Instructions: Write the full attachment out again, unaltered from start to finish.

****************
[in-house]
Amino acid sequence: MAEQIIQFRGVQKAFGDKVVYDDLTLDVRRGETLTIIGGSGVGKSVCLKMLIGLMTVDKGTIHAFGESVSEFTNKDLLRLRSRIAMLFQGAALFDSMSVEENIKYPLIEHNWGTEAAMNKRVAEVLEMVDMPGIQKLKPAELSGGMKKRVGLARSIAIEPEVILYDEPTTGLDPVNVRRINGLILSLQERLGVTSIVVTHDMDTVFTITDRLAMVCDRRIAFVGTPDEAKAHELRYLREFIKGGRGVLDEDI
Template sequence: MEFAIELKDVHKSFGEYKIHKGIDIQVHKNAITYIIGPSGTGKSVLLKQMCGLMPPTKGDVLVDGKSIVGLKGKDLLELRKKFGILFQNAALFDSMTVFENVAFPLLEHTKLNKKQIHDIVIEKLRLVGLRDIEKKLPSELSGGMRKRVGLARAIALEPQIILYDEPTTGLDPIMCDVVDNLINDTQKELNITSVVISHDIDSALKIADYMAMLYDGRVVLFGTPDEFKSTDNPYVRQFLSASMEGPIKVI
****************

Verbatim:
[in-house]
Amino acid sequence: MAEQIIQFRGVQKAFGDKVVYDDLTLDVRRGETLTIIGGSGVGKSVCLKMLIGLMTVDKGTIHAFGESVSEFTNKDLLRLRSRIAMLFQGAALFDSMSVEENIKYPLIEHNWGTEAAMNKRVAEVLEMVDMPGIQKLKPAELSGGMKKRVGLARSIAIEPEVILYDEPTTGLDPVNVRRINGLILSLQERLGVTSIVVTHDMDTVFTITDRLAMVCDRRIAFVGTPDEAKAHELRYLREFIKGGRGVLDEDI
Template sequence: MEFAIELKDVHKSFGEYKIHKGIDIQVHKNAITYIIGPSGTGKSVLLKQMCGLMPPTKGDVLVDGKSIVGLKGKDLLELRKKFGILFQNAALFDSMTVFENVAFPLLEHTKLNKKQIHDIVIEKLRLVGLRDIEKKLPSELSGGMRKRVGLARAIALEPQIILYDEPTTGLDPIMCDVVDNLINDTQKELNITSVVISHDIDSALKIADYMAMLYDGRVVLFGTPDEFKSTDNPYVRQFLSASMEGPIKVI